Hi! I like to use windows API, but I'm fascinated by fast asm algorithms.
As an exercise I'm trying to write code for the following problem.
I've got a table of bytes, that is to say an array composed of 'i_rows' rows and 1024 columns.
I want to find the maximum value within each column and store it. So the outcome would be
an array of 1024 "max values" bytes where the i-th element is the max value within the i-th column of the table.
My poor asm knowledge would suggest to use CMP and jump instructions. Or are there any special Pentium register to use?
Some code snippet is welcome.

Thanks.
:rolleyes:
Posted on 2004-03-19 03:24:06 by _OuzO_
Hi

Say data source is at ...

It should be sthg like this :

init:
movq mm0,
mov ebx,esi

mov eax,
imul ecx,eax,1024
add ecx,ebx

myloop:
movq mm1,
pmaxub mm0,mm1
add ebx,1024
cmp ebx,ecx
jl myloop


This sample should find the max of the 1st 8 columns. Understand it and put it to another loop to get the 1016 others :) Ollydbg is great for learning. Optimizing further : align the loop. Optimizing in the real world : data should be reorganized with swapping of rows/columns for a good use of cache.
Posted on 2004-03-19 07:05:13 by valy
What about computing multiple row-maxvalues in parallel inside the loop? This should be possible at least on P4 since the cache/prefetch unit can handle multiple data streams, right?
Posted on 2004-03-19 07:56:57 by f0dder
Good!

Q1 - Do you know where can I get a quick & easy tute about these mm0, mm1 regs and their related instructions?

Q2 - If P5 has got further regs such as mm1, one could use them to cover 16 columns for every loop, i.e.

init:
movq mm0,
movq mm2, ; this is added
mov ebx,esi

mov eax,
imul ecx,eax,1024
add ecx,ebx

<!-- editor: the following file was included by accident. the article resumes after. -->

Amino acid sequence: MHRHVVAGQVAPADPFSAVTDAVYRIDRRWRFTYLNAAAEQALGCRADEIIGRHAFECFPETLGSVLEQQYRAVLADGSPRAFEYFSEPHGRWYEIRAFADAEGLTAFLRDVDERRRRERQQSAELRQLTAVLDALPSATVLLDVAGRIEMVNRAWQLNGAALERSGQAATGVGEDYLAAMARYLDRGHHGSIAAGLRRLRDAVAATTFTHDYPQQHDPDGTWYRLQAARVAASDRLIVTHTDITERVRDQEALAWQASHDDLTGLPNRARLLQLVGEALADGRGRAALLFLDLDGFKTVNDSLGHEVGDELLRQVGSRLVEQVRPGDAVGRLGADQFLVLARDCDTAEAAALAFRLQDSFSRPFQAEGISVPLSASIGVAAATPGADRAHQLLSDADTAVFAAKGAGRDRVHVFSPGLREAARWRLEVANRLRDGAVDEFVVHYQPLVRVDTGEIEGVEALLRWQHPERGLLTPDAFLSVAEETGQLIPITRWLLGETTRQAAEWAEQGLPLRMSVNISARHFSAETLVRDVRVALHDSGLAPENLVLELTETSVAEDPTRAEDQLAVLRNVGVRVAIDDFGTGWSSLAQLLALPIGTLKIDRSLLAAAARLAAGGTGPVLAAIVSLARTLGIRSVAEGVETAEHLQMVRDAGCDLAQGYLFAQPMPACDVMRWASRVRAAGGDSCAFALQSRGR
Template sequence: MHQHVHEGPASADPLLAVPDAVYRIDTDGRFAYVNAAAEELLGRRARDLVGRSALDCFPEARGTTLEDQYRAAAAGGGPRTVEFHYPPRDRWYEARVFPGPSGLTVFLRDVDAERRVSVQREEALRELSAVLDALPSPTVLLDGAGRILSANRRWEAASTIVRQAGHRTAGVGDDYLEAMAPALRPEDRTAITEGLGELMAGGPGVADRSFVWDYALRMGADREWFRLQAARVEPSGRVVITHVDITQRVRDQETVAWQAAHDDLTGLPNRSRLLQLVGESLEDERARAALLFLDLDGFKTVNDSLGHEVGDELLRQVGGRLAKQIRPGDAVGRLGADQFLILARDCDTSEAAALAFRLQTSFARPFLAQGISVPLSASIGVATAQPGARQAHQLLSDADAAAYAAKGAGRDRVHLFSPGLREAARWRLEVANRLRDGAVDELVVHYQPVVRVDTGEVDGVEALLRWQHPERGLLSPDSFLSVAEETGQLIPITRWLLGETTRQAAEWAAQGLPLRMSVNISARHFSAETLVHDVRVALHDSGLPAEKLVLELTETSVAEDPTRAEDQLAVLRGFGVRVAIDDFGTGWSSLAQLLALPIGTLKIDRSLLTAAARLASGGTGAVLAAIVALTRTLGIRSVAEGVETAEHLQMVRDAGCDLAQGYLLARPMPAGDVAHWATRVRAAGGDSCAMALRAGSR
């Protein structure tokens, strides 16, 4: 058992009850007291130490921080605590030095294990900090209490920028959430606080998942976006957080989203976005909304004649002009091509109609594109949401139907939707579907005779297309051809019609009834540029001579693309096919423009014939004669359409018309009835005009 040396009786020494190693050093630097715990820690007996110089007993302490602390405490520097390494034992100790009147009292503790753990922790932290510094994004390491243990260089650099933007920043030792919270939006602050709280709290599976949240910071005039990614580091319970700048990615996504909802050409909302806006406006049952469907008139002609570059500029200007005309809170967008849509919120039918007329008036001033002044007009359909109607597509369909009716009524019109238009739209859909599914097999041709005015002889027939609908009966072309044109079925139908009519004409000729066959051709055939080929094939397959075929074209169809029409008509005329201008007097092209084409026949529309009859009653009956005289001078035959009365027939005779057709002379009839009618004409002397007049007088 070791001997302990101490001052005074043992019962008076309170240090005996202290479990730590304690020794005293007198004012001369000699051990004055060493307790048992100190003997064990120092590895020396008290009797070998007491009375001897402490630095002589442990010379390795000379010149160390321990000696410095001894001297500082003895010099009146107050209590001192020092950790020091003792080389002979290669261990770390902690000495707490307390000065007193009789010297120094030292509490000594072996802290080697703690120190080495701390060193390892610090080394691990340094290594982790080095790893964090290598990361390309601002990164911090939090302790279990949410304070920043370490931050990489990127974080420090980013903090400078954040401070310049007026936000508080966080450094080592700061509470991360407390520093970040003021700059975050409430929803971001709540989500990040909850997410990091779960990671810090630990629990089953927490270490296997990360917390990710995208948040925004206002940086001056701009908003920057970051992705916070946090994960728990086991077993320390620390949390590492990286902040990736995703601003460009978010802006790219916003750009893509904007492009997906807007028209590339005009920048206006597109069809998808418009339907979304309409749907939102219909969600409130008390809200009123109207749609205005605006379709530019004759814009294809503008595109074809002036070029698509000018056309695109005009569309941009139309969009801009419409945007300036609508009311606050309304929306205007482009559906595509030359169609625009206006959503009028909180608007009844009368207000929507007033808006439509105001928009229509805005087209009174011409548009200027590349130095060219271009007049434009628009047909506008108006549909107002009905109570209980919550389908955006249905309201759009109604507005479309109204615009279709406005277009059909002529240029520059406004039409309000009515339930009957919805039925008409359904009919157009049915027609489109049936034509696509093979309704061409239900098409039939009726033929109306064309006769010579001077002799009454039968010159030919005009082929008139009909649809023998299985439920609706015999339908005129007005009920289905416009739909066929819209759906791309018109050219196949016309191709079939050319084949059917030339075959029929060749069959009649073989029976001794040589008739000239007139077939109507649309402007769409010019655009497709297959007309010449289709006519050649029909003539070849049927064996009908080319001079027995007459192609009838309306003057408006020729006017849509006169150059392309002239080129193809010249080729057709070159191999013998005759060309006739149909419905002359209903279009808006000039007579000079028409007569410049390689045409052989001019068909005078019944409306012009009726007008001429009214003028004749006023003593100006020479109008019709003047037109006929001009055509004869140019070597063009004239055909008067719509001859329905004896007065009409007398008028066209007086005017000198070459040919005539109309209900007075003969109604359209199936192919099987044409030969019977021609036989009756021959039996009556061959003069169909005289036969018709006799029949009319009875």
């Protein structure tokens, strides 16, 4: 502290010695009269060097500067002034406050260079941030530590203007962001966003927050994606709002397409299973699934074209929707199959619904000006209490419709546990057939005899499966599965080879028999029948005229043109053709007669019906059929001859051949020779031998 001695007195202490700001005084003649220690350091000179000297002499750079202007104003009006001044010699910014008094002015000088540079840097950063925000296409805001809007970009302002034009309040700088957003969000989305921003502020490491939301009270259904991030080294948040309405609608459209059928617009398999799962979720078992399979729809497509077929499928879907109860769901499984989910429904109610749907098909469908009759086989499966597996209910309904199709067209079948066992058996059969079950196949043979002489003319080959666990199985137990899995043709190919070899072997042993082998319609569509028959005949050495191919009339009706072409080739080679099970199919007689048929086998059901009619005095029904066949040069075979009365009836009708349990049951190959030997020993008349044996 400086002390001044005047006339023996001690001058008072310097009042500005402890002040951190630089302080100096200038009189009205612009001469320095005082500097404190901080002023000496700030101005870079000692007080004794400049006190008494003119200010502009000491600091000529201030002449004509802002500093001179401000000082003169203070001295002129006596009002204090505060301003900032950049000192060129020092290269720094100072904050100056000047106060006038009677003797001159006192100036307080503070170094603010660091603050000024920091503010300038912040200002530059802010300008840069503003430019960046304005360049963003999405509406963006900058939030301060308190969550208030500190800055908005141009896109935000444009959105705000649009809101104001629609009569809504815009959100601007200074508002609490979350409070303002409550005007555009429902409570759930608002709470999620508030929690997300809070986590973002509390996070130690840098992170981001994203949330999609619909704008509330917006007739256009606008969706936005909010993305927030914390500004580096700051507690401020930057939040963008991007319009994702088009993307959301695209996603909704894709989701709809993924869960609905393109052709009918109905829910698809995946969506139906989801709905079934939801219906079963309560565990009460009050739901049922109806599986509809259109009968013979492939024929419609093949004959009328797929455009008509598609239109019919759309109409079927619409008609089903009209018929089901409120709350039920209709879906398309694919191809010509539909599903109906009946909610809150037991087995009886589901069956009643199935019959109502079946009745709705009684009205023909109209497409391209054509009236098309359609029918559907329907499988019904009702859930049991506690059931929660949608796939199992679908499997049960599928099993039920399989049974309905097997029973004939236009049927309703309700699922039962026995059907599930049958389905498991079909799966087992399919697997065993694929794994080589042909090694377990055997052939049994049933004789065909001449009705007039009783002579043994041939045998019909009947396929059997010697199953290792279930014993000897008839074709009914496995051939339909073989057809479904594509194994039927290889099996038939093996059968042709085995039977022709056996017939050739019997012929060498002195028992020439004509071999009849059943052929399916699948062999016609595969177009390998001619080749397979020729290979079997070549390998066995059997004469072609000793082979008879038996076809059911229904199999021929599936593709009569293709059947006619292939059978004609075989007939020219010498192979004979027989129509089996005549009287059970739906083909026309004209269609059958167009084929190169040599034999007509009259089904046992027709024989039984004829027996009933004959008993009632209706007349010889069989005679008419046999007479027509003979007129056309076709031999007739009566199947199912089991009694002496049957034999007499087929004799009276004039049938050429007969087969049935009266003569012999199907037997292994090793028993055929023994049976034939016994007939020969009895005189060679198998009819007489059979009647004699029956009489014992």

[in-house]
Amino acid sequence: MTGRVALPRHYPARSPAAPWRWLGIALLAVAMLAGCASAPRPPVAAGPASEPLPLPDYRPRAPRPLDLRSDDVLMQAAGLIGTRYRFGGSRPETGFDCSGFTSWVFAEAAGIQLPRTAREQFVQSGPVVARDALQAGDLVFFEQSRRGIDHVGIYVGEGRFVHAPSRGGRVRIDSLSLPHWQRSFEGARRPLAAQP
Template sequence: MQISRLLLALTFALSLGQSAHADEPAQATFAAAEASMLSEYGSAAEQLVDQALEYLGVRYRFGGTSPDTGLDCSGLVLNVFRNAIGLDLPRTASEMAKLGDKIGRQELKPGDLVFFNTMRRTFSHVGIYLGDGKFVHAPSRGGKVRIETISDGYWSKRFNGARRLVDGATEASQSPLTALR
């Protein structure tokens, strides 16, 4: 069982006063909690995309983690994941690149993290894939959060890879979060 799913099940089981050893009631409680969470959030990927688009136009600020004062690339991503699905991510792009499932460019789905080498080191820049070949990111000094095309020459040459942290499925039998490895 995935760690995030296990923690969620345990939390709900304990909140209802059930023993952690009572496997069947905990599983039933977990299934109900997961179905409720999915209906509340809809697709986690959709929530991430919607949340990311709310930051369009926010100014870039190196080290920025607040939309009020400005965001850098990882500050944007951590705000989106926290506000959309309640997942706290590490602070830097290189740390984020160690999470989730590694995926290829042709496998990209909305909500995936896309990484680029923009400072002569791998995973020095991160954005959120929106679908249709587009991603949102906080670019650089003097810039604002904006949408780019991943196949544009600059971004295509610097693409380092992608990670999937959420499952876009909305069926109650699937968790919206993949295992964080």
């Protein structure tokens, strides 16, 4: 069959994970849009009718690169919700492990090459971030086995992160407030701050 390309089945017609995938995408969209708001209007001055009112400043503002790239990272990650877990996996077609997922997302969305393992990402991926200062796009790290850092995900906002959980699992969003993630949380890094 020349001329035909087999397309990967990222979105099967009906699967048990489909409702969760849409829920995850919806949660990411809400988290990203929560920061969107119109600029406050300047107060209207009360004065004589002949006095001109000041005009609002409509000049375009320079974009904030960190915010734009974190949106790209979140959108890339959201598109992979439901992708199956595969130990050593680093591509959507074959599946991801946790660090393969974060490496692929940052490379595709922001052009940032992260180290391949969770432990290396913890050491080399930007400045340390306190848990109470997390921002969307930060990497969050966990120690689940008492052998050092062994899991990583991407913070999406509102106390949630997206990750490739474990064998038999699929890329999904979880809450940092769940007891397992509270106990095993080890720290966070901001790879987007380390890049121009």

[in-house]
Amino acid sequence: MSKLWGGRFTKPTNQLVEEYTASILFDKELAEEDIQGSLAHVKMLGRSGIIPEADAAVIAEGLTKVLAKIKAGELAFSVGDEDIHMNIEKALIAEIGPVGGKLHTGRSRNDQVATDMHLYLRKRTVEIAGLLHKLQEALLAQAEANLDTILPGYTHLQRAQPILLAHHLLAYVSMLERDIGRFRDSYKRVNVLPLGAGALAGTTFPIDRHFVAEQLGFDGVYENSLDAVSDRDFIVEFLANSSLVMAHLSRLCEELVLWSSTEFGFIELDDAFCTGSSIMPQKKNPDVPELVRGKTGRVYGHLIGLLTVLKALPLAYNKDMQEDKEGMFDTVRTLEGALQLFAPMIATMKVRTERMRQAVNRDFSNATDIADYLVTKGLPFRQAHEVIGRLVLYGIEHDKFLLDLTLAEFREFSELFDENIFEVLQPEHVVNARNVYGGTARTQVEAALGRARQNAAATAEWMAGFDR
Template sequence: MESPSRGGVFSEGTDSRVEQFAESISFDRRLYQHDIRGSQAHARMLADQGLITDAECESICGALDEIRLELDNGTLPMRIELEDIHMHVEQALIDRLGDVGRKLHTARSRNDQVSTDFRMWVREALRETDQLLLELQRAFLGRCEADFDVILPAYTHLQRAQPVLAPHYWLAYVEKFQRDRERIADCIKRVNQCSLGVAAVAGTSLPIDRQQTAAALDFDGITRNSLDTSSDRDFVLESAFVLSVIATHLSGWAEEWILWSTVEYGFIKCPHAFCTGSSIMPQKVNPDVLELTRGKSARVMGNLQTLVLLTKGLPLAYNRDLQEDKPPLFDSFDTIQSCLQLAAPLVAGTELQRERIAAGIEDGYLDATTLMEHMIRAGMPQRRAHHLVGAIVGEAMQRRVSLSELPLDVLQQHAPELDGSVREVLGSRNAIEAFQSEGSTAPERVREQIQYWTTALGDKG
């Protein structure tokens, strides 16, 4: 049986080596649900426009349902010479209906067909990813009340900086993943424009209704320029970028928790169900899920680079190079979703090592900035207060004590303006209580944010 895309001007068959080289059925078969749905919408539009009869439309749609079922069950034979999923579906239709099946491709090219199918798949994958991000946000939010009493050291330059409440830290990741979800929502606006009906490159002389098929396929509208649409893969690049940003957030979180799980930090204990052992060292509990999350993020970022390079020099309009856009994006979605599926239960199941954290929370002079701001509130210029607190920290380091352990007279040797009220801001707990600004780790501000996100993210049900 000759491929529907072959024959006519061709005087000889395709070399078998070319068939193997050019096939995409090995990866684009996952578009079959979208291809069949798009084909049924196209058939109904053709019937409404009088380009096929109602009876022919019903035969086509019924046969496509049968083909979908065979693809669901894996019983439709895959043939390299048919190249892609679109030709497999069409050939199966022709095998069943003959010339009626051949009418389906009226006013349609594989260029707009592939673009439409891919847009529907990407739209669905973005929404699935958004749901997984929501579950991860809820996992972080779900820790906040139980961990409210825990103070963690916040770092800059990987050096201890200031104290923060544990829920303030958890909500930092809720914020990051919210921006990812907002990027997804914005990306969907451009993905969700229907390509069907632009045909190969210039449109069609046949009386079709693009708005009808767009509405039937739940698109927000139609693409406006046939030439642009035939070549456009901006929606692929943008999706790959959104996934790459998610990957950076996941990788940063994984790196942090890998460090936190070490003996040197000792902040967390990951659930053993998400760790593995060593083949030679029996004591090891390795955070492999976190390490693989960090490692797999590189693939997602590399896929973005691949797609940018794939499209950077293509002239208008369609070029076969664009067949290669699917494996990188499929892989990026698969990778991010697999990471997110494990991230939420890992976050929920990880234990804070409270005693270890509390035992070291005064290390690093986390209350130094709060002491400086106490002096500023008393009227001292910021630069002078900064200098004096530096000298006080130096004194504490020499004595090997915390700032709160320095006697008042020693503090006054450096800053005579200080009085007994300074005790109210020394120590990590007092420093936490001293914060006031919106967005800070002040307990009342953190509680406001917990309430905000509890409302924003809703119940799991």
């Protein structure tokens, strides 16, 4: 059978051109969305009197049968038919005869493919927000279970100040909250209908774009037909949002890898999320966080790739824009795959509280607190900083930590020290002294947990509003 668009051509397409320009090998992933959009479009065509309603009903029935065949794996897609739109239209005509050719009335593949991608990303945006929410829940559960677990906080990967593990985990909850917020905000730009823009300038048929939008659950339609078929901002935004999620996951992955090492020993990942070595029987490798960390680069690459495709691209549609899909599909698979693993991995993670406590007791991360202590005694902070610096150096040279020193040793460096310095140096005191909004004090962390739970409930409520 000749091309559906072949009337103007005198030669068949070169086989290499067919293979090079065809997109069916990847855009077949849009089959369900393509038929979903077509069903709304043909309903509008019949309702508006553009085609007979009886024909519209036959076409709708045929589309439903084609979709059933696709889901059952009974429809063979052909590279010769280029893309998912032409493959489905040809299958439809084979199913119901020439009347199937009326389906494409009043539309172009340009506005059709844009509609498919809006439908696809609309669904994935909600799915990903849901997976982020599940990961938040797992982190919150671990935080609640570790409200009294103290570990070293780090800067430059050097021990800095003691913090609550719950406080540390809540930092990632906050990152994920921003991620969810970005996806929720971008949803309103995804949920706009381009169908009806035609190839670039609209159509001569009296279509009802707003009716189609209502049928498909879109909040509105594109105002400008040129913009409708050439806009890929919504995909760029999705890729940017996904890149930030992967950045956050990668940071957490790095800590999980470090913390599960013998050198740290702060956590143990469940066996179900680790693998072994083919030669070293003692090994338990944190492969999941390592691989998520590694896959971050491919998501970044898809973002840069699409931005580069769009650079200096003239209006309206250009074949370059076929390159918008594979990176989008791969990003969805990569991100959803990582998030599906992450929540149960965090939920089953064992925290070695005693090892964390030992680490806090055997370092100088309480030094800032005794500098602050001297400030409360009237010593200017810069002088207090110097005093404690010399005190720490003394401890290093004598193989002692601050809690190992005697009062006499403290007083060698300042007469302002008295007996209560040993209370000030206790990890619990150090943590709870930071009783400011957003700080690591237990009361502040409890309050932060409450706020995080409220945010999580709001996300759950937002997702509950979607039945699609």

myloop:
movq mm1,
pmaxub mm0,mm1

movq mm3, , ; this is added
pmaxub mm2,mm3 ; this is added

add ebx,1024
cmp ebx,ecx
jl myloop

or is that just fantasy? :alright:
Posted on 2004-03-19 11:23:34 by _OuzO_
mm0 and friends are from the MMX instruction-set, included with the pentium/mmx processor (ie, not plain p5). It's present in more or less every processor today, and I wouldn't really care for targetting < pmmx. I don't know if there's any good & easy tutorials about MMX, the intel specification is somewhat dry. Unless somebody has some good text (which I'd like to see, too :)), try googling for "mmx introduction" or "mmx tutorial" or something like it.

There are eight mmx registers - mm0 through mm7. They are aliased on the floating-point stack, so do not mix MMX and floating-point code!, and remember to issue "emms" after you're done with a block of MMX code.

MMX is done for "Single Instruction, Multiple Data" (SIMD) on integer quantities - things like adding 8 bytes, 4 words or 2 dwords with one instruction.

The pentium3 (I think) furthermore added SSE, Streaming SIMD Extensions, which are SIMD instructions for floating-point values. The Pentium4 introduced SSE2 which has some more fancy SSE, plus it extends the regular MMX instructions to work on 128bit quantities instead of 64bit as the old MMX, plus the SSE/SSE2 registers are not aliased on the floating-point stack.
Posted on 2004-03-19 11:34:51 by f0dder
pmaxub is introduced as part of SSE2 if I remember correctly. So far I have yet to see a tutorial for SSE or SSE2, though I have seen a tutorial for mmx. So the code will only work for processors that have SSE2 like for example P4. Yes, the code has high requirements...
Posted on 2004-03-19 21:46:54 by roticv
Jeremy has some information on using SSE/SSE2 instructions on his website. Near the bottom of the page in Advanced Tutorials and Sample Code.
Posted on 2004-03-19 22:09:38 by donkey
Btw, shl instead of imul when using powers of two.
Posted on 2004-03-20 04:09:40 by f0dder
Yes, Jeremy's site looks good for the purpose. At the moment I found on the web also this:

http://www.cs.wpi.edu/~matt/courses/cs563/talks/powwie/p3/mmx.htm

Thank you all guys,
_OuzO_
:alright:
Posted on 2004-03-22 06:33:08 by _OuzO_